The PKK has waged a three-decade fight for an independent state for the minority Kurdish population within Turkey. It has primarily attacked Turkish security forces and state institutions but has also exacted a civilian toll.
A PKK-linked double bomb attack killed 45 people near a football stadium in Istanbul last month. Some of Turkey's big cities have been targeted recently by both ISIS and Kurdish militants.
President Recep Tayyip Erdogan, while dealing with the spillover of the war from across Turkey's borders from Syria and Iraq that has led to the influx of at least 2.7 million refugees, has been under pressure since an attempted coup against his government last July. The coup attempt was blamed on a network linked to Muslim cleric Fethullah Gulen, who lives in self-exile in the United States. Mr Gulen denies any involvement.
Last week, the Turkish Parliament extended the state of emergency that was declared after the attempted coup.
In its wake, more than 40,000 people have been arrested and more than 100,000 people dismissed or suspended from government jobs. Many media outlets, associations and businesses have been shut down over alleged ties to terror organisations.
Mr Erdogan is pushing for constitutional changes to usher in a presidential system that will give him even greater powers. The proposed changes are likely to be put to a public referendum in April.
While his critics have denounced what they see as a bald usurpation of power that has subverted democracy and polarised the country, many Turks, frightened and uncertain, are not complaining. They view Mr Erdogan's authoritarianism as reassuring and angrily reject outsiders' comments as paranoia and conspiracy theories, The New York Times reported.
To make matters worse, Turkey's economy is slowing down as anxious households and businesses rein in spending, crimping consumption, production and the country's growth prospects. The unemployment rate remains high - around 11 per cent - while the Turkish lira has hit record lows.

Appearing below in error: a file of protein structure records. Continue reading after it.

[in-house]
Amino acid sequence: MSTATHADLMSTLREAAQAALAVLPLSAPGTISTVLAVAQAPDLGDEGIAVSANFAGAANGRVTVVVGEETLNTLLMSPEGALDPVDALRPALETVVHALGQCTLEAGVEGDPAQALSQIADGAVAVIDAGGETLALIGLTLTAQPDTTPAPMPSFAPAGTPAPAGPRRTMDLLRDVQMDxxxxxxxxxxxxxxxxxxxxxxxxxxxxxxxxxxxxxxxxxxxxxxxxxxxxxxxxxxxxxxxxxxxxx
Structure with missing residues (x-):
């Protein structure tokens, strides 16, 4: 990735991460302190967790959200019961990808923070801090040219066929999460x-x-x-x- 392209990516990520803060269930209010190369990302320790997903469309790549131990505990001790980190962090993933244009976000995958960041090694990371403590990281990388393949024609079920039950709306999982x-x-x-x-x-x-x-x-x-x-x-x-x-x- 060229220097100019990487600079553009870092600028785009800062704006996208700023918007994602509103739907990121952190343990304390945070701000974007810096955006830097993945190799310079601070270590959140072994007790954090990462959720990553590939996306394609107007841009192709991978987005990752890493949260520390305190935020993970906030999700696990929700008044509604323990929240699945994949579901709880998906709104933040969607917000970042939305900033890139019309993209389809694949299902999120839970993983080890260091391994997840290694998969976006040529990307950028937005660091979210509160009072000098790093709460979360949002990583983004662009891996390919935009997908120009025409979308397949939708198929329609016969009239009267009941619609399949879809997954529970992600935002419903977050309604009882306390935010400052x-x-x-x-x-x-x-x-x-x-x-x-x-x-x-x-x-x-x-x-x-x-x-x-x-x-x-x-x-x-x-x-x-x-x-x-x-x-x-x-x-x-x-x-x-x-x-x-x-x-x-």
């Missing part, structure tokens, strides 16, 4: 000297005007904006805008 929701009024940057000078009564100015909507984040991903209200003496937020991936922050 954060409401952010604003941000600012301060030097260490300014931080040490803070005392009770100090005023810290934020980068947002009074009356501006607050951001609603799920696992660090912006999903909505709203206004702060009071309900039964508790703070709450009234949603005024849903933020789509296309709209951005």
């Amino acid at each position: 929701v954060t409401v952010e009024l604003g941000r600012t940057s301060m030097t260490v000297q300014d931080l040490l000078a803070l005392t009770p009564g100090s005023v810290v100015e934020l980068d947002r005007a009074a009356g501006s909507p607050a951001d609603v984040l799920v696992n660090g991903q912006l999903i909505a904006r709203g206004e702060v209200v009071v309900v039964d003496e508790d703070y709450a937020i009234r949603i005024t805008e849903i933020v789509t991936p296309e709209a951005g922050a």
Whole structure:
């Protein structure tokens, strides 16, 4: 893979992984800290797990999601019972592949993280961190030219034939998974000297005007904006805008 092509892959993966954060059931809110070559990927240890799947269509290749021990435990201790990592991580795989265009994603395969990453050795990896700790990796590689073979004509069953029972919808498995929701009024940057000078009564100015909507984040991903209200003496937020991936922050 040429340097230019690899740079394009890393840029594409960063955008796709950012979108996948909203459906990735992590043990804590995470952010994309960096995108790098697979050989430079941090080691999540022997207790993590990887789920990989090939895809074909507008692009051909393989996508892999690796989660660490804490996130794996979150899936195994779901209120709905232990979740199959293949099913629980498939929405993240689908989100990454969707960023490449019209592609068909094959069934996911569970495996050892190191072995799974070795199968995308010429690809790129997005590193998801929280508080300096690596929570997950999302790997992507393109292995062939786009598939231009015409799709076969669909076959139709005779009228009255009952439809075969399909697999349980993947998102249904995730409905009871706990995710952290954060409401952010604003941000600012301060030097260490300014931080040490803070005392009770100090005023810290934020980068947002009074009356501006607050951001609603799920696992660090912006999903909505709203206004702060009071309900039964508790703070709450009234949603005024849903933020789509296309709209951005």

"The current turmoil is the biggest challenge for us since establishment of the Turkish Republic in 1923," says Mr Ali Unal, the Ankara bureau chief of the Daily Sabah, a pro-establishment newspaper.
A chill descended on Istanbul after the nightclub attack, opening up simmering tensions between the country's secular, westernised elite and its conservative Islamic segments. They disagree on whether it is proper to celebrate Christmas and New Year, or whether they should be rejected as "illicit" traditions belonging to other cultures.
The Western, secular ethos established after World War I by modern Turkey's founding father Mustafa Kemal Ataturk - who substituted the Gregorian calendar for the traditional Islamic one and replaced the Arabic script with a Latin one - has been tested by the charismatic Mr Erdogan, a deeply religious yet moderate figure.
A majority of the Turkish people support Mr Erdogan's presidency, although Western media outlets depict him as an authoritarian leader, said Mr Unal, citing a recent survey showing that his counter-terrorism policies are backed by more than 80 per cent of the Turkish people.
After the attack on the nightclub, Turkey's government clamped down on social media users who appeared to have celebrated the attacks. The authorities vowed to defend "all lifestyles", religious or secular. But an Associated Press report described fear in Istanbul's neighbourhoods and the silence of its usually bustling streets. The spate of terrorist attacks, as well as the attempted coup, has hit tourism, a key component of the economy.
The number of visitors declined by 30 per cent between January and November last year, falling to 24 million.
The trend is likely to continue this year, said Mr Unal.
But he added: "Terrorist attacks take place not only in Turkey and Istanbul but also in France, Germany, and the US. We had several tragic incidents in recent months but Turkey is still safe for tourists.
"Terrorism is not a new phenomenon. The community has gained resilience against terrorist attacks."